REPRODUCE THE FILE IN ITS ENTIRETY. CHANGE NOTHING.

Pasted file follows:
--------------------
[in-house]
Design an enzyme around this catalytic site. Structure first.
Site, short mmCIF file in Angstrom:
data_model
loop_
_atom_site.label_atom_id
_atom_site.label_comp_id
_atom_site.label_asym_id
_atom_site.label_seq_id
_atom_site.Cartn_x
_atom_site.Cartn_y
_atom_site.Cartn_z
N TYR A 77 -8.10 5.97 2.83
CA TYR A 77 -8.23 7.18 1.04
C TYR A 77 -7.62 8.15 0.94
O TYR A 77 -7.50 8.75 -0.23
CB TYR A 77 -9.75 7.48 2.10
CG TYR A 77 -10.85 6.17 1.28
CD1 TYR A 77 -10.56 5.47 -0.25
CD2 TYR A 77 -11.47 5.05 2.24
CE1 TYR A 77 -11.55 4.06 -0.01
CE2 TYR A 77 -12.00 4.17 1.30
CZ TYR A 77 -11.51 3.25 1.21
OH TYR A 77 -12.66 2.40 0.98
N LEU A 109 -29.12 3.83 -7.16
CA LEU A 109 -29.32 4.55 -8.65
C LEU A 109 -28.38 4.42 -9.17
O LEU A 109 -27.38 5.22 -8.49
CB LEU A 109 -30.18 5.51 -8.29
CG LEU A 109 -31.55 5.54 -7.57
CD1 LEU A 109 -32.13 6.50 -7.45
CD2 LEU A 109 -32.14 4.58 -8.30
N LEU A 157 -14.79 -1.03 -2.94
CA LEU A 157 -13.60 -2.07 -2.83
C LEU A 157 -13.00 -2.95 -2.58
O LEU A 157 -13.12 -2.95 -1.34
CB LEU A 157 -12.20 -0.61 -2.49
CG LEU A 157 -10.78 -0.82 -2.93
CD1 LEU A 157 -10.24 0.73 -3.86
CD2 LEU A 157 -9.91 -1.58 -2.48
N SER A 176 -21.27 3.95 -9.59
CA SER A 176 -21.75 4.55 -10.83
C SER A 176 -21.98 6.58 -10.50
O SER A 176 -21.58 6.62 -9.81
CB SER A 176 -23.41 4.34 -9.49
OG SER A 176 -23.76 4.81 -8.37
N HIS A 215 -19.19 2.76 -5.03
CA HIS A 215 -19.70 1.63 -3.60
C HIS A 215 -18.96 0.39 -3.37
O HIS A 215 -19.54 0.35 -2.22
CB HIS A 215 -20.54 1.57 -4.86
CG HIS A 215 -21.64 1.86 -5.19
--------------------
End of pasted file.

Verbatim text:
[in-house]
Design an enzyme around this catalytic site. Structure first.
Site, short mmCIF file in Angstrom:
data_model
loop_
_atom_site.label_atom_id
_atom_site.label_comp_id
_atom_site.label_asym_id
_atom_site.label_seq_id
_atom_site.Cartn_x
_atom_site.Cartn_y
_atom_site.Cartn_z
N TYR A 77 -8.10 5.97 2.83
CA TYR A 77 -8.23 7.18 1.04
C TYR A 77 -7.62 8.15 0.94
O TYR A 77 -7.50 8.75 -0.23
CB TYR A 77 -9.75 7.48 2.10
CG TYR A 77 -10.85 6.17 1.28
CD1 TYR A 77 -10.56 5.47 -0.25
CD2 TYR A 77 -11.47 5.05 2.24
CE1 TYR A 77 -11.55 4.06 -0.01
CE2 TYR A 77 -12.00 4.17 1.30
CZ TYR A 77 -11.51 3.25 1.21
OH TYR A 77 -12.66 2.40 0.98
N LEU A 109 -29.12 3.83 -7.16
CA LEU A 109 -29.32 4.55 -8.65
C LEU A 109 -28.38 4.42 -9.17
O LEU A 109 -27.38 5.22 -8.49
CB LEU A 109 -30.18 5.51 -8.29
CG LEU A 109 -31.55 5.54 -7.57
CD1 LEU A 109 -32.13 6.50 -7.45
CD2 LEU A 109 -32.14 4.58 -8.30
N LEU A 157 -14.79 -1.03 -2.94
CA LEU A 157 -13.60 -2.07 -2.83
C LEU A 157 -13.00 -2.95 -2.58
O LEU A 157 -13.12 -2.95 -1.34
CB LEU A 157 -12.20 -0.61 -2.49
CG LEU A 157 -10.78 -0.82 -2.93
CD1 LEU A 157 -10.24 0.73 -3.86
CD2 LEU A 157 -9.91 -1.58 -2.48
N SER A 176 -21.27 3.95 -9.59
CA SER A 176 -21.75 4.55 -10.83
C SER A 176 -21.98 6.58 -10.50
O SER A 176 -21.58 6.62 -9.81
CB SER A 176 -23.41 4.34 -9.49
OG SER A 176 -23.76 4.81 -8.37
N HIS A 215 -19.19 2.76 -5.03
CA HIS A 215 -19.70 1.63 -3.60
C HIS A 215 -18.96 0.39 -3.37
O HIS A 215 -19.54 0.35 -2.22
CB HIS A 215 -20.54 1.57 -4.86
CG HIS A 215 -21.64 1.86 -5.19